Allen Baron succeeds in creating an atmosphere. Maybe it´s this music, or maybe it´s New York, this nostalgic New York feeling. But in France in the 1960s, Melville or Bresson (and of course Duras) would have made the film without the voice over. To make it dryer, to fill it with silences and habits of the killer. Still it is worth better than the B mention. Beautiful last sequence.
Although deeply inscribed in the ways of American independent B movies, being an accurate portrayal of New York in the 60s, this movie reminds me the existentialist formality of some of the most extraordinary examples of Japanese New Wave thrillers, such as the ones by Shinoda, Gosha or Teshigahara. The omniscient demiurgical narrator is also, in this case, a different character that by the sound becomes indelible.
perfect film for my xmas this year. relate to a killer feeling like one of the walking dead, unable to cross the boundary to the living, to socialization. even split over whether he wants to or not. xmas acts as contrasting influence, as well as rhyming killer Bono's existential drone with the sleepwalk of the "suckers." Baron seems like a genetic hybrid of deniro and george c. scott
A dark, poetic telling of a hit man. I really enjoy that there is mostly voice over, rather than dialogue, in this film. The black and white is beautiful, and the cinematography is fantastic. While this film is very dark, it's still a poignant story of a man who can only be alone. Highly recommended for any noir fan, as this is a short amazing noir.
The opening narration sucks you in, and you're immediately on the Blast of Silence train, taking a ride into the life and mind of Frankie Bono. The winter air of New York is as cold and unforgiving as the life of a hitman. A cool gem of early low-budget, American filmmaking.
Where's all the praise for this coming from? I thought it was really hammy and cliched, personally, and while there were some interesting things about Frankie none of them got enough screen time to really amount to much. It all felt very by-the-numbers.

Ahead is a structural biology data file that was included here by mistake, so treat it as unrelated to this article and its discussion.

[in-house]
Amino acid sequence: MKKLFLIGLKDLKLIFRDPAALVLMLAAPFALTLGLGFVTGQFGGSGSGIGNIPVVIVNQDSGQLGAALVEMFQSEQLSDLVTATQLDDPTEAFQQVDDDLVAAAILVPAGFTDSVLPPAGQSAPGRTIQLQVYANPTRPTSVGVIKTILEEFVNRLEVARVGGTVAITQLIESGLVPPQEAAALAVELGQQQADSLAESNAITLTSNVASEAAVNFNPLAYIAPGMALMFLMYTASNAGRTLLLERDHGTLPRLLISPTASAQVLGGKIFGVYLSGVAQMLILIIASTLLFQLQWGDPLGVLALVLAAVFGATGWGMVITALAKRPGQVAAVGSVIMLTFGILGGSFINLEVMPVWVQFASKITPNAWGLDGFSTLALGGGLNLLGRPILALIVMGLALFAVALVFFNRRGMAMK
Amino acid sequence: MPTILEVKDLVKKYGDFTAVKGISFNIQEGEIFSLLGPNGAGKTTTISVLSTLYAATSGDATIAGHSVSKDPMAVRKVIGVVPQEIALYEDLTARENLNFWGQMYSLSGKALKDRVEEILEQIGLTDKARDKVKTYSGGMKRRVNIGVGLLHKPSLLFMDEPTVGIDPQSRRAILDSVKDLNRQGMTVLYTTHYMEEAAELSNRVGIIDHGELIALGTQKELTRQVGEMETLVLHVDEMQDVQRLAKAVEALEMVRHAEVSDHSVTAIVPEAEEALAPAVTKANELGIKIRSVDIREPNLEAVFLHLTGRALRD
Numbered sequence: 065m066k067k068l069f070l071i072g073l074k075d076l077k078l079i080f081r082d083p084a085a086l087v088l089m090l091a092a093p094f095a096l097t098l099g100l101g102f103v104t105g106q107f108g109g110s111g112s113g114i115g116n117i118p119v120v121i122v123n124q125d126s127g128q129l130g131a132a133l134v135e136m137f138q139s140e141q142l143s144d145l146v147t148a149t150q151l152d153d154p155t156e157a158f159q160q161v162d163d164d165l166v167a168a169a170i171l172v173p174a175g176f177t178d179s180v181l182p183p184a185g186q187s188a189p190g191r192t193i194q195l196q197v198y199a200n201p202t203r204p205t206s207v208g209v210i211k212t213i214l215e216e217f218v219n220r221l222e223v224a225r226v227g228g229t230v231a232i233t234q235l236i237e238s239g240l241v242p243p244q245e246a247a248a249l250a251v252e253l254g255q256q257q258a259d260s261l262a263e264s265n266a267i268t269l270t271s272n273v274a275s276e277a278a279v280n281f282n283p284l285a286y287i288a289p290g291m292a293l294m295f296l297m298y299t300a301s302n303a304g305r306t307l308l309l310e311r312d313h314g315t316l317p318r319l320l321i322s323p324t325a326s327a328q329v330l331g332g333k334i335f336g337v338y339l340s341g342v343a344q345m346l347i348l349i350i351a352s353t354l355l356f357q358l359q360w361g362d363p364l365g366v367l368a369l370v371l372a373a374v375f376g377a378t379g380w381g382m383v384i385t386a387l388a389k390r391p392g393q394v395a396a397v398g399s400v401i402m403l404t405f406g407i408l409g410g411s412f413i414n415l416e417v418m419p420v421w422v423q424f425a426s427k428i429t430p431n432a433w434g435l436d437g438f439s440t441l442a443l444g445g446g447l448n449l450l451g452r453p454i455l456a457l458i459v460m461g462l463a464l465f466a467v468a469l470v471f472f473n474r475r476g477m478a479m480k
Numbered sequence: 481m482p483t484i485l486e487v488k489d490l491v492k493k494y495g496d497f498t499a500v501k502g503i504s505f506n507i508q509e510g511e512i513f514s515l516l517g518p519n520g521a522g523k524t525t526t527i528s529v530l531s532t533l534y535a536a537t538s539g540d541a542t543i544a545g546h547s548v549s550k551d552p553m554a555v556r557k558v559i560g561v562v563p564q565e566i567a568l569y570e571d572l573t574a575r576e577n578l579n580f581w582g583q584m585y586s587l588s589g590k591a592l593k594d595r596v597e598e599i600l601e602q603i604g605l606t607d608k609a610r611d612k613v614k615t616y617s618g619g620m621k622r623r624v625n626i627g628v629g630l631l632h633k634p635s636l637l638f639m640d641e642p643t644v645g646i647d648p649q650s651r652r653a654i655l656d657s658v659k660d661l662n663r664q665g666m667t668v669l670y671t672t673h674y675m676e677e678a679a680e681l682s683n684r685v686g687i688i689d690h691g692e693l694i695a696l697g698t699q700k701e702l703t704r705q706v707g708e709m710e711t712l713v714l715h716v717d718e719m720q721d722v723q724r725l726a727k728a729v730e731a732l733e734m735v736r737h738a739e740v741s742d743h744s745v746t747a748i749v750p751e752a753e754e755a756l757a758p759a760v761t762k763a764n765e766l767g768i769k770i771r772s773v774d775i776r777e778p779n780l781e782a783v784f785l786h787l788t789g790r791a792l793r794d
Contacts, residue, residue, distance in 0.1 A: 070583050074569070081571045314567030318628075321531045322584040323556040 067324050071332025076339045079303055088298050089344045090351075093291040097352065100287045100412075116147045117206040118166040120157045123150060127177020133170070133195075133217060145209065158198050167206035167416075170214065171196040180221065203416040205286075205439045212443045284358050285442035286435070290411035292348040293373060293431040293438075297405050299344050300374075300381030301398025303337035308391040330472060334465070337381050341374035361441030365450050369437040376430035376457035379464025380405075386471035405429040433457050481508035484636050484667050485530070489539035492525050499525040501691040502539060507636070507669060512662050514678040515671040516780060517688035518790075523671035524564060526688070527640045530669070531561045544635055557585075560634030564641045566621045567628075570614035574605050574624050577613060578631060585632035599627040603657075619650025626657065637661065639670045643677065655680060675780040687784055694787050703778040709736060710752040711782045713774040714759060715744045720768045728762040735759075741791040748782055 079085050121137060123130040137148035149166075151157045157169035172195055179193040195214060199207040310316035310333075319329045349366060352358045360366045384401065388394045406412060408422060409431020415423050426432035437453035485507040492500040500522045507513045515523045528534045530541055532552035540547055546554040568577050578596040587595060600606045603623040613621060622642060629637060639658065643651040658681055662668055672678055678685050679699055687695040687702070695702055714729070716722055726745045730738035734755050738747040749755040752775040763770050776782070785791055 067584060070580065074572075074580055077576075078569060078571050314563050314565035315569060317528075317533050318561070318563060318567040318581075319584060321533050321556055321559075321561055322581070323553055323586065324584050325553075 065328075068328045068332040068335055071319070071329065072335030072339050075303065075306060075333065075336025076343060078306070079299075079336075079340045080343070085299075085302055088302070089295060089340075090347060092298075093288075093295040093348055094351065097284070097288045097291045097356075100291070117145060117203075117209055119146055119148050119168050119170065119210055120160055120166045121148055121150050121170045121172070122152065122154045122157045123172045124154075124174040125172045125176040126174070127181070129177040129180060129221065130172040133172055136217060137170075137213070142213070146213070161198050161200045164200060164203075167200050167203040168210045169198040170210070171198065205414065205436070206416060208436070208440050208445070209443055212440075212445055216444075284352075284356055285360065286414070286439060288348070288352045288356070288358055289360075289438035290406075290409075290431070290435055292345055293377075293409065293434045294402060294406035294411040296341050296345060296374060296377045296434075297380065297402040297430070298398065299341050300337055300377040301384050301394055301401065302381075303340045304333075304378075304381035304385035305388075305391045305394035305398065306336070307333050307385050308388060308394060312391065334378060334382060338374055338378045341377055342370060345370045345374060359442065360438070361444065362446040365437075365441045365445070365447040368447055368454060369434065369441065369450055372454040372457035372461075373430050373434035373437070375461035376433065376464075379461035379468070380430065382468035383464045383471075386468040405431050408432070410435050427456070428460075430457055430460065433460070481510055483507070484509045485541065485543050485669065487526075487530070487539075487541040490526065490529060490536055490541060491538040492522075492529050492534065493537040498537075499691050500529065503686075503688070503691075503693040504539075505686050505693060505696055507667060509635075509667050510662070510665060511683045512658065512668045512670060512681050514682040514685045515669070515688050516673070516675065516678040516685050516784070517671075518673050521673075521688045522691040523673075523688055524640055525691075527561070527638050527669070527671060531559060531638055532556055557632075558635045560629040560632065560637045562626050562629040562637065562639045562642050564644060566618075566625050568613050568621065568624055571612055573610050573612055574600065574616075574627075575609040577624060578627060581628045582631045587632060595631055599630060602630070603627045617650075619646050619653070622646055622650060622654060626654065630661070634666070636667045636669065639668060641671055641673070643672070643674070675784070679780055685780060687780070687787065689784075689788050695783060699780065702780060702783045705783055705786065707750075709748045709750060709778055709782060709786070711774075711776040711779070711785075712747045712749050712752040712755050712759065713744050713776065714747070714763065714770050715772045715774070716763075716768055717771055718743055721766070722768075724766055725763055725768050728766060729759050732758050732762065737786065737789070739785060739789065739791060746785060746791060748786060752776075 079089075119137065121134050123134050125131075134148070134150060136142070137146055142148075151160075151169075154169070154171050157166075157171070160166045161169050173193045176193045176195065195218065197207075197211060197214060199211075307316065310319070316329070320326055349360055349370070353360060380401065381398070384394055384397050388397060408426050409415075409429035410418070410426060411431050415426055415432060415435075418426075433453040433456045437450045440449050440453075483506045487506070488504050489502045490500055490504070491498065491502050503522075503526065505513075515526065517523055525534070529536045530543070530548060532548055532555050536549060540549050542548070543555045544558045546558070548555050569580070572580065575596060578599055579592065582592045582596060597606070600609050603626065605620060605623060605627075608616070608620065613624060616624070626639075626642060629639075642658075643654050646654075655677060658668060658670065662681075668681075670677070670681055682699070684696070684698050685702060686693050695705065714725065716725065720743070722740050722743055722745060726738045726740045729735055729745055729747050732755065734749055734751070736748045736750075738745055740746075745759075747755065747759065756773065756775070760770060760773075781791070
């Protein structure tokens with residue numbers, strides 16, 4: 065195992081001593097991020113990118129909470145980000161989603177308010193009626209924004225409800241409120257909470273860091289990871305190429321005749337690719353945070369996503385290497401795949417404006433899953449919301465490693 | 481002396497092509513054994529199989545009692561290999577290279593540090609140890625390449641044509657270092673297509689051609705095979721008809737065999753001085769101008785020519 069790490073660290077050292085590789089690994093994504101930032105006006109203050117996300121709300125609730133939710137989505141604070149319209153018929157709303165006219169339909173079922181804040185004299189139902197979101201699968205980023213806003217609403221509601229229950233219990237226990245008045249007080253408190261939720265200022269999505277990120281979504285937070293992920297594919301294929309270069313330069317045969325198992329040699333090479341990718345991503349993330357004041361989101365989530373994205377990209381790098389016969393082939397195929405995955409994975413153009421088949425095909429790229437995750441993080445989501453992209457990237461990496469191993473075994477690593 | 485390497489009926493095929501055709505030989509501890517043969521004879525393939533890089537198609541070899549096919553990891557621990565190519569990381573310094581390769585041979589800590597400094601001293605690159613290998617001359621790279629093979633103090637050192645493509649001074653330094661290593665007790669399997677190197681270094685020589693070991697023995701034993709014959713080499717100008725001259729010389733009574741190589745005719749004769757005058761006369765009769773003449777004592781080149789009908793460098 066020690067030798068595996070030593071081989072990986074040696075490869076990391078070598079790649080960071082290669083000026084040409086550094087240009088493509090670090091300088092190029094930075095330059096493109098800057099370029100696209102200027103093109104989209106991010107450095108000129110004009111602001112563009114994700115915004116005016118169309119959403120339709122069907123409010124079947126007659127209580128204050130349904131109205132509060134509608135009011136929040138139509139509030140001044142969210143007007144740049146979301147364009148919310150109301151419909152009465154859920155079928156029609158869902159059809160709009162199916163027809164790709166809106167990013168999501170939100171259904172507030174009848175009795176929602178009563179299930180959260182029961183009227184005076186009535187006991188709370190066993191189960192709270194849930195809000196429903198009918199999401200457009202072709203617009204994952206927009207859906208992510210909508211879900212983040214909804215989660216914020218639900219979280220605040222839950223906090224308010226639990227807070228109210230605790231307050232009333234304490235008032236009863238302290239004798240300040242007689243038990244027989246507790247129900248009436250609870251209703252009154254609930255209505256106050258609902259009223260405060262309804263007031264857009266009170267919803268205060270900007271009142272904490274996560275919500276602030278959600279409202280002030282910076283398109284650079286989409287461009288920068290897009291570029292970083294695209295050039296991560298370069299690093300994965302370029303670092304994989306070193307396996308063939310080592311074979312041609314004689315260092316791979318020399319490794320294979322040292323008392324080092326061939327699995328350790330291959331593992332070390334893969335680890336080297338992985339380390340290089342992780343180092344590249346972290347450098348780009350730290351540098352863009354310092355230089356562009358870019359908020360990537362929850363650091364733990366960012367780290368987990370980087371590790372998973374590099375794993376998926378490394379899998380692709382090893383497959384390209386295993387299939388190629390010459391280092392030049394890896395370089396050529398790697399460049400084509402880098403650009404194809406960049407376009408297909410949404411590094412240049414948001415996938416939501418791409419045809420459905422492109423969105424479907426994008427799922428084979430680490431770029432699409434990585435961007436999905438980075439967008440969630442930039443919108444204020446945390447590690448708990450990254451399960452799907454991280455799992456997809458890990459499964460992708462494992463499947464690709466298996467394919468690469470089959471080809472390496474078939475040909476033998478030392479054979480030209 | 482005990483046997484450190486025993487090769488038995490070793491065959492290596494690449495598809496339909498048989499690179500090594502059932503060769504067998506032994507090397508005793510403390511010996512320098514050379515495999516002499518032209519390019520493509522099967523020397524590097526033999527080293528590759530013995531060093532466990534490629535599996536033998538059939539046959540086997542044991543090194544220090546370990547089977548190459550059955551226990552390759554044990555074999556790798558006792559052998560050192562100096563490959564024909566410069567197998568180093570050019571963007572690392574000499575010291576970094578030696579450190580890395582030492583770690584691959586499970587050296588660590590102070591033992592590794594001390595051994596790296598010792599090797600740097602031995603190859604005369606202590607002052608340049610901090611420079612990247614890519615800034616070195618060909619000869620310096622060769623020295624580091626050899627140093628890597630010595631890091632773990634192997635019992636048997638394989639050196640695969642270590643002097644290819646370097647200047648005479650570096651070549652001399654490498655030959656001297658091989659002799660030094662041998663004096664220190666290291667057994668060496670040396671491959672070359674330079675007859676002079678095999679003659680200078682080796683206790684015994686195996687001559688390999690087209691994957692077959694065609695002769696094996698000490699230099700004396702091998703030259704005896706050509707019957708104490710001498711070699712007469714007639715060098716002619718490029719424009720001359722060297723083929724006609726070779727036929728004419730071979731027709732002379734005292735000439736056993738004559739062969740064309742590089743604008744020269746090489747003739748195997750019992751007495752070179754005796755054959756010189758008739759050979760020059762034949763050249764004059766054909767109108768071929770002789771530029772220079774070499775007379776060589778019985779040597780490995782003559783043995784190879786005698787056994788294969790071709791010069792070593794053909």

After enjoying but not being thoroughly impressed with Blast of Silence initially, subsequent viewings did a hell of a lot more for me. It was like Sin City's neurotic, blue-collar deadbeat dad. A fast, nasty and quick watch that really impresses, especially when you stop & realize its 50 years old. One of my favorite Christmas movies and a shame that Baron never made another movie.
An American made film noir with European sensibility--the existential theme, rather than a entertaining narrative, is at the heart of the film. A film noir equivalent of *Carnival of Souls*. Given the low-budget and the lack of name filmmakers, these films are small miracles and that's one of the big reasons they warrant the criterion treatment.
Offbeat B-movie film noir plays more like a European art film than a Hollywood crime drama, especially with its nihilistic ending. Strong performances and authentic, gritty big city atmosphere - though the atmosphere was somewhat more compelling than the actual plot. Very effective jazz score.
77 minutes of respite. A low budget masterpiece. Narrated by the blacklisted Lionel Stander/Waldo Salt in the rarely used 2nd Person Narrative. Most amazing scene is where Frank Bono is staring down into a Catholic school playground and the children are exiting the yard in the shape of a Swastika!?!